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Showing posts from October, 2016

Art Censorship (Again) in Singapore

"Artist cuts himself, takes blood oath, after his performance piece was cut from Singapore Biennale"

Religious sensitivities be damned if religious sensitivities do not, or will not, understand the intent and context of a work of art. I wonder, however, if more is at work than what is stated by the authorities. Could it be that the real concern is not religious, but political sensitivities? That Chandrasekaran's performance piece about the harsh lives of Indian convict workers in 19th-century Singapore will provoke powerful resonances and raise important questions in the present day about the way we treat our guest workers, most of whom come from the Indian continent?

It's interesting that the reporter mentions that Chandrasekaran had spent 6 years abroad in Australia before returning to Singapore and responding in this defiant manner to the act of art vandalism by the authorities. Apparently, the audience at his Q&A, "most of whom were from the local arts c…

An Open Letter to NBDCS and My Fellow Shortlisted Authors

My book Steep Tea was not submitted for the 2016 Singapore Literature Prize because of a mistake made by my publisher. Not knowing the mistake, I had reasonably expected my book to be shortlisted in the English poetry category, and so was prepared to withdraw it from consideration in protest against Singapore’s anti-sodomy law. Now that the heat around this year’s prize has cooled down, I wish to address some of the larger issues around a state-sponsored literary prize by publishing my planned letter of withdrawal. My hope is that the letter will contribute to the debate about the role of a writer when confronted with legalized injustice.


An Open Letter to NBDCS and My Fellow Shortlisted Authors 

 I wish to withdraw my book Steep Tea from consideration for the 2016 Singapore Literature Prize in protest against Section 377A of the Penal Code of Singapore, which criminalizes sex between mutually consenting adult men. My action is not directed against the National Book Development Council…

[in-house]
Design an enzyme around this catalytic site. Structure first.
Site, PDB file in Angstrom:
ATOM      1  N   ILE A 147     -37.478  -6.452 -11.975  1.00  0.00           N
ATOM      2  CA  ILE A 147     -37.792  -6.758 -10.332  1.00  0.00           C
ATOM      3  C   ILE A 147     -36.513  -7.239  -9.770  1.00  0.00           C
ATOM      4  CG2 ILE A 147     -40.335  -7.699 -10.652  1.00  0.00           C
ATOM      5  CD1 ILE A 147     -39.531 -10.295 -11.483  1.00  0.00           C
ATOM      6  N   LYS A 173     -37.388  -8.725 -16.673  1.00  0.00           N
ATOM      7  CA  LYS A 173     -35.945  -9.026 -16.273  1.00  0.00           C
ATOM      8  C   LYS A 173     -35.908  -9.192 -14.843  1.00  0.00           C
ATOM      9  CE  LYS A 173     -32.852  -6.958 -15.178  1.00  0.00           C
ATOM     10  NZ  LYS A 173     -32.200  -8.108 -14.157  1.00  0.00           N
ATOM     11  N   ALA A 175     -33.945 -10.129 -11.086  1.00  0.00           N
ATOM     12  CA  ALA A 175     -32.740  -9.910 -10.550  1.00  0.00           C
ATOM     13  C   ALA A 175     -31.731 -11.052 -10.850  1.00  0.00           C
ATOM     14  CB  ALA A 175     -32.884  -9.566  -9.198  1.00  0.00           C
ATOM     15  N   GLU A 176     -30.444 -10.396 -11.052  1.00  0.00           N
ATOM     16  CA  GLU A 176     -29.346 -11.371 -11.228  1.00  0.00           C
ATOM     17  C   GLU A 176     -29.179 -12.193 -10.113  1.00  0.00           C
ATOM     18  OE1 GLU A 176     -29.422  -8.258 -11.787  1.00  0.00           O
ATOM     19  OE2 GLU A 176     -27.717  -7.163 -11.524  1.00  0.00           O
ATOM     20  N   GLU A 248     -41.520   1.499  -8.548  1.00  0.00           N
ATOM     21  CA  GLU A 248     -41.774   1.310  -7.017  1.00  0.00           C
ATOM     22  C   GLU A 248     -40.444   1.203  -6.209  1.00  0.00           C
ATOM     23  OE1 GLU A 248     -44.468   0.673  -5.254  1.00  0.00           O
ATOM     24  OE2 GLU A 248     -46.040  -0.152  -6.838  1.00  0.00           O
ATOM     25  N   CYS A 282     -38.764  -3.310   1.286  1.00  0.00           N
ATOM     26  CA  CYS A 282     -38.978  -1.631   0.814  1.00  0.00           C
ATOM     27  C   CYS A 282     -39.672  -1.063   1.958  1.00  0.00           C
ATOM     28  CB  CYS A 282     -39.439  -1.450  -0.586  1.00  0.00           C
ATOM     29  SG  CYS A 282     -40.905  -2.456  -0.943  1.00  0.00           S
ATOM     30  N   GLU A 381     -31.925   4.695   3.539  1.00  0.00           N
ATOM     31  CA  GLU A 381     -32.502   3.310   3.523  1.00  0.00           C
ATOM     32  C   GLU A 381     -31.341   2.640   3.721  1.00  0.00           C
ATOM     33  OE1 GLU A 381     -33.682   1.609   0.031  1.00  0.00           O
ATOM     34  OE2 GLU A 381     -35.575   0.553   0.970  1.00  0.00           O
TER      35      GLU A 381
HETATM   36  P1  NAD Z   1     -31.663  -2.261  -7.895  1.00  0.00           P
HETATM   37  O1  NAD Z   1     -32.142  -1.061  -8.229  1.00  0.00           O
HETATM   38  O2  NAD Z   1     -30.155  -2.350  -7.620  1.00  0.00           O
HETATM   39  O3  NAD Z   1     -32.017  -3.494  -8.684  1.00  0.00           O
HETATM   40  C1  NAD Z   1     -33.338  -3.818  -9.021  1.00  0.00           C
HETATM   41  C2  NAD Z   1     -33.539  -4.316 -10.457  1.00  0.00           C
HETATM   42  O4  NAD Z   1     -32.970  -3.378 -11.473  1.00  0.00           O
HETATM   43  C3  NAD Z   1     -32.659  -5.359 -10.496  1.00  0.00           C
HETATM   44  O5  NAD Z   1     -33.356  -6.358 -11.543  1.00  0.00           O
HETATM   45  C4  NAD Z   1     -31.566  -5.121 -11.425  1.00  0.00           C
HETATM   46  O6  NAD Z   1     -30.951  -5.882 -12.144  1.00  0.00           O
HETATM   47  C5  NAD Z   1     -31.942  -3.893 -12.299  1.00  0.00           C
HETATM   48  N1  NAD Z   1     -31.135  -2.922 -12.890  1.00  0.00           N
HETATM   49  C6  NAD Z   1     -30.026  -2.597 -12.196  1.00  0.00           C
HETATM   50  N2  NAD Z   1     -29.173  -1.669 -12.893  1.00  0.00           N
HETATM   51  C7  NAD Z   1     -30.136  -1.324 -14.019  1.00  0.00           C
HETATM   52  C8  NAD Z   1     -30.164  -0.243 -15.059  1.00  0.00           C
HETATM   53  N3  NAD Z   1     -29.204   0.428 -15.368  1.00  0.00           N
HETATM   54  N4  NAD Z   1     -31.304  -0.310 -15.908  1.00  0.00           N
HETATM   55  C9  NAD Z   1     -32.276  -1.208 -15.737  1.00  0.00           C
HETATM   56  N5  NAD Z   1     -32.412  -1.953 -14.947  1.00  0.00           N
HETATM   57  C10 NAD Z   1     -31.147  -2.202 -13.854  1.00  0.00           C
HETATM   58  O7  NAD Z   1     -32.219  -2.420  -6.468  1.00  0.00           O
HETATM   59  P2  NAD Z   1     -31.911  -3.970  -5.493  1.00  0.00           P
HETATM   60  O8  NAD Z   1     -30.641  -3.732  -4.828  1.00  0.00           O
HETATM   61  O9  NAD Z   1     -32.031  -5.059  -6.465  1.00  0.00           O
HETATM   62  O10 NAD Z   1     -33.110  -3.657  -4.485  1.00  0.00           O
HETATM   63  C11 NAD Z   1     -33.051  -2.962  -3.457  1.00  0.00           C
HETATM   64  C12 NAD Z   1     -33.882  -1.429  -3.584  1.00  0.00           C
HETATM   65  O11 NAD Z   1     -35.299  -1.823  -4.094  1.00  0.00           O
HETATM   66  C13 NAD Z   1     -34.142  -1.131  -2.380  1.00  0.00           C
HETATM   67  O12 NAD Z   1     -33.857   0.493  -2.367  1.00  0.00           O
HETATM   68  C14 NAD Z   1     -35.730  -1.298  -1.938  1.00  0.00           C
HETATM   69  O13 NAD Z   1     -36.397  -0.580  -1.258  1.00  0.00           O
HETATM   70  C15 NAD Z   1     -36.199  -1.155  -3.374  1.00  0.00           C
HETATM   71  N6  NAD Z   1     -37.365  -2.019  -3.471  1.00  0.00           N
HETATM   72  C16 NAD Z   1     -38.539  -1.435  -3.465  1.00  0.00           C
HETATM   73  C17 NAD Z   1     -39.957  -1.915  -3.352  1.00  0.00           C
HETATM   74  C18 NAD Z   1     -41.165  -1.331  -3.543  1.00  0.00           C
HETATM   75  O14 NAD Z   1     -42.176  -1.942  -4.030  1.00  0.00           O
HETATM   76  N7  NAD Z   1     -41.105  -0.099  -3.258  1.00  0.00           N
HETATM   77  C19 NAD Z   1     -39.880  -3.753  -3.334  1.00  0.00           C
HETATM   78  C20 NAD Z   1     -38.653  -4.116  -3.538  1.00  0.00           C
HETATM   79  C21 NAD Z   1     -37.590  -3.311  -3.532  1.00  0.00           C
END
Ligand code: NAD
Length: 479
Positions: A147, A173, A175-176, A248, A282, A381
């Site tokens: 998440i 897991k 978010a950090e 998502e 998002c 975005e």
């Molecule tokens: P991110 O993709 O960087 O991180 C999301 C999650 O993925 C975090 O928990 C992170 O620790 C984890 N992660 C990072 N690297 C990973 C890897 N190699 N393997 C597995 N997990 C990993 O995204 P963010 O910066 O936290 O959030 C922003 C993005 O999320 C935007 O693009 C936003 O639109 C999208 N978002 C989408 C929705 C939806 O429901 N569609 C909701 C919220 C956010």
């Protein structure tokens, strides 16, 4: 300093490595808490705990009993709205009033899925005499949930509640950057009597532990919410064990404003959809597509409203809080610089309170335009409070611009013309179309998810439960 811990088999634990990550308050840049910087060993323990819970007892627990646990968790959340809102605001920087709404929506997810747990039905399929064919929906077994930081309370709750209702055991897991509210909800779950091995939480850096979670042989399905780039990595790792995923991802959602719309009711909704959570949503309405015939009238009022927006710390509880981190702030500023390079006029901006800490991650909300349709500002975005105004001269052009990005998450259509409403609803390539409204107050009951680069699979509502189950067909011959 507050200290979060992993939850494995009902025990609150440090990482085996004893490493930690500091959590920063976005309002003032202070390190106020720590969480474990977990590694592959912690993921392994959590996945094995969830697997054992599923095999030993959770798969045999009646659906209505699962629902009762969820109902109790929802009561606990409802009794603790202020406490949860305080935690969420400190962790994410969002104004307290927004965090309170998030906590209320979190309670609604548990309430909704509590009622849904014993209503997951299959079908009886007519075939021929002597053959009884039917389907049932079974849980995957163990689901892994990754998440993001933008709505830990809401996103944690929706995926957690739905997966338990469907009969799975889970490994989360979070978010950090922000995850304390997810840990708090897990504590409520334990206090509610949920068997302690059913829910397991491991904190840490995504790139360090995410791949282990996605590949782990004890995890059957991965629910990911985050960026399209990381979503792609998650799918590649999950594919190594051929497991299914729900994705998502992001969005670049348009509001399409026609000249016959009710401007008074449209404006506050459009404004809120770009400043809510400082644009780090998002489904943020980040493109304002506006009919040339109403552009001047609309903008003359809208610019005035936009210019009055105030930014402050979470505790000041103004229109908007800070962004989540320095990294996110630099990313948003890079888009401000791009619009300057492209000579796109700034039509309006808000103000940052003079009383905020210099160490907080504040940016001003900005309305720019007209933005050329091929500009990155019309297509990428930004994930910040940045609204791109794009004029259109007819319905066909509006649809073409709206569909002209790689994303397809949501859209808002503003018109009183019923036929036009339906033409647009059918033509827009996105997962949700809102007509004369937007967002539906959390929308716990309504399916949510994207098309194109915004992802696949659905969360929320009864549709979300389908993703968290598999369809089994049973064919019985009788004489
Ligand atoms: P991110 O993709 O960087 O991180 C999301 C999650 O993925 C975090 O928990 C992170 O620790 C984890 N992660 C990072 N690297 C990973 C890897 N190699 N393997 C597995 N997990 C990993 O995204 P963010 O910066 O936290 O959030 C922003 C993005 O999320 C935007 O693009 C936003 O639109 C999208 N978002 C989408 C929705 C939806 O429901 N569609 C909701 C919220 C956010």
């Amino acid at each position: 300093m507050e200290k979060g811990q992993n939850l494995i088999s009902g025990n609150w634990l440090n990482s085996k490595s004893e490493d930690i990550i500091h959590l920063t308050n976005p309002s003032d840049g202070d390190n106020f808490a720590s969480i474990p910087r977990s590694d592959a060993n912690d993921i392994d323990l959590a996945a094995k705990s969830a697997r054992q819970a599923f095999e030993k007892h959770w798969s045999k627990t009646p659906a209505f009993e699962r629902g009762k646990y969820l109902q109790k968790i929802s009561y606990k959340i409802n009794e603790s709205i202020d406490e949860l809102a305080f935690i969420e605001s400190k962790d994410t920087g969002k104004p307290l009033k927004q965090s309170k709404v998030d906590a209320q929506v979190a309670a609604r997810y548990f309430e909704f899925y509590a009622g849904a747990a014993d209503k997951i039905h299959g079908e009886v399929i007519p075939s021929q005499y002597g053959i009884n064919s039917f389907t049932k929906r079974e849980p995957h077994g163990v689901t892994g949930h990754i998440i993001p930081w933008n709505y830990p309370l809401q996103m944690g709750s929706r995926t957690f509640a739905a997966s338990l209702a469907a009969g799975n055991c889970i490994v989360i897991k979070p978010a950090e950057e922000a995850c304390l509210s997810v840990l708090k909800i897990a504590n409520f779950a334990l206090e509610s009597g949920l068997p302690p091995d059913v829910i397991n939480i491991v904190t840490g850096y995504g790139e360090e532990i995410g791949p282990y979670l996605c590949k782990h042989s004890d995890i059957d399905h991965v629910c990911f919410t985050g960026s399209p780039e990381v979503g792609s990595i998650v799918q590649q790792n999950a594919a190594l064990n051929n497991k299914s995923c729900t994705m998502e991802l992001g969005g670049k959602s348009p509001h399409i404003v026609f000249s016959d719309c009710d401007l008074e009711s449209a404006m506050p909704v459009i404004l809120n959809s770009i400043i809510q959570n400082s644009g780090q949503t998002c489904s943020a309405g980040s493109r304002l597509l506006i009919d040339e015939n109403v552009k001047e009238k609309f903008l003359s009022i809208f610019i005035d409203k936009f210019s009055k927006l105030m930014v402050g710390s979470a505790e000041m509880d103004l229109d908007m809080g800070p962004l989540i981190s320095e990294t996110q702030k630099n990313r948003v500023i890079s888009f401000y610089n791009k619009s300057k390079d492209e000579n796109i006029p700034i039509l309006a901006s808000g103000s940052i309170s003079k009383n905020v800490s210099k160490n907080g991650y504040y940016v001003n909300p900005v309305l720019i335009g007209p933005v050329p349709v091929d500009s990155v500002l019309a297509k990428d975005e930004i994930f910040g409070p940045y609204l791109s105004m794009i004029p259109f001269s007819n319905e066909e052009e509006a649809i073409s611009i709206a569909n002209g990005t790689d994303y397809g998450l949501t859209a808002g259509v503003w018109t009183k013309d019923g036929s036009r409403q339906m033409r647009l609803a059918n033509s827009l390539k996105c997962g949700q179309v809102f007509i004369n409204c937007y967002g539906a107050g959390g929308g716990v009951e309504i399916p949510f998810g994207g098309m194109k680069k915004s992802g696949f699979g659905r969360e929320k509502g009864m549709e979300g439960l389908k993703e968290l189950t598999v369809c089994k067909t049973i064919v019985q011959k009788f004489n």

Third Annual IAAC Literary Festival

On Gopika Jadeja's invitation, I attended the third IAAC Literary festival yesterday. The 3-day festival, organized by the Indo-American Arts Council, was attended mainly by South Asian Americans. It was a fascinating glimpse into the relationship between them and Indians from India. The Americans were intensely interested in social and political developments in India. They were also captivated by celebrity culture, that of Bollywood and of nationalist politics. The panels on the the first biography of film legend Shashi Kapoor and on the secret diary of Kasturba Gandhi were very well attended.

I particularly enjoyed the panel "This Unquiet Land," also the title of the debut work of non-fiction by award-winning broadcast journalist Barkha Dutt. She has reported on a wide range of issues, famously on the disputed region of Kashmir. She was impressively sharp and articulate, and was well-matched by the nimble acuity of her interlocutor Suketu Mehta, the New York-based auth…

Queer Southeast Asia

An important project, a queer Southeast Asia lit journal. Thank you, Bry Hos and Cy Rai, for including me in the inaugural issue, together with Nuril Basri, John H. McGlynn, Khairani Barokka, Lawrence Ypil, Alwynn C. Javier, Paul Dominic B. Olinares, Gino Dizon, Jeffrey Pascual Yap, Vina Jie-Min Prasad, Leon Wing, Danton Remoto, Nimruz De Castro, and Wilfredo Pascual. The journal is now on-line for your reading pleasure.

Dusie's issue of Asian Anglophone poetry

Proud to be included in this rich and varied anthology of Asian Anglophone poetry, edited by the very fine poet Cindy Arrieu-King. I first heard Cindy read at the Asian American Writers' Workshop literary festival called Page Turner, and I was immediately drawn to the delicate and resilient layering of stories and images in her poetry.

She took an earlier iteration of my on-going project "Does Grass Sweat: Translations of an Insignificant Japanese Poet." In this iteration, dated January 10, 2016, I appended commentary to the haiku translations. You may have read the haiku on Facebook, and so may be interested in reading the commentary. There is also a translator's preface that conveys the earliest inspiration for the work. The project is still evolving, so I'd be happy to hear what you think.

2nd Singapore Literature Festival in NYC (Sep 28 - Oct 1)

2nd Singapore Lit Fest ended on a high note on Saturday, with scholarly and passionate talks about Sonny Liew's The Art of Charlie Chan Hock Chye. I hope the panel is the first of many, many to come because the graphic novel rewards close analysis and open discussion. A favorite moment was when two panelists, Ying Sze Pek and Matt Humphreys, disagreed with one another. Is the depiction of Lim Chin Siong and Lee Kuan Yew as hero and villian an instance of the novel's oversimplification of complex people, or is it part of the novel's sentimentalist structure? Is it, in other words, a fault or a a strength? Another favorite moment in the festival is less of a clash and more of a clarification, when Alfian Sa'at asks Jason Koo whether he means "mean as fuck" or "mean ASS fuck" in a discussion about the depiction of race and sexuality in literature. Ha, ha, literature is full of double entendres. Then there was that awkward moment in the "Fictionali…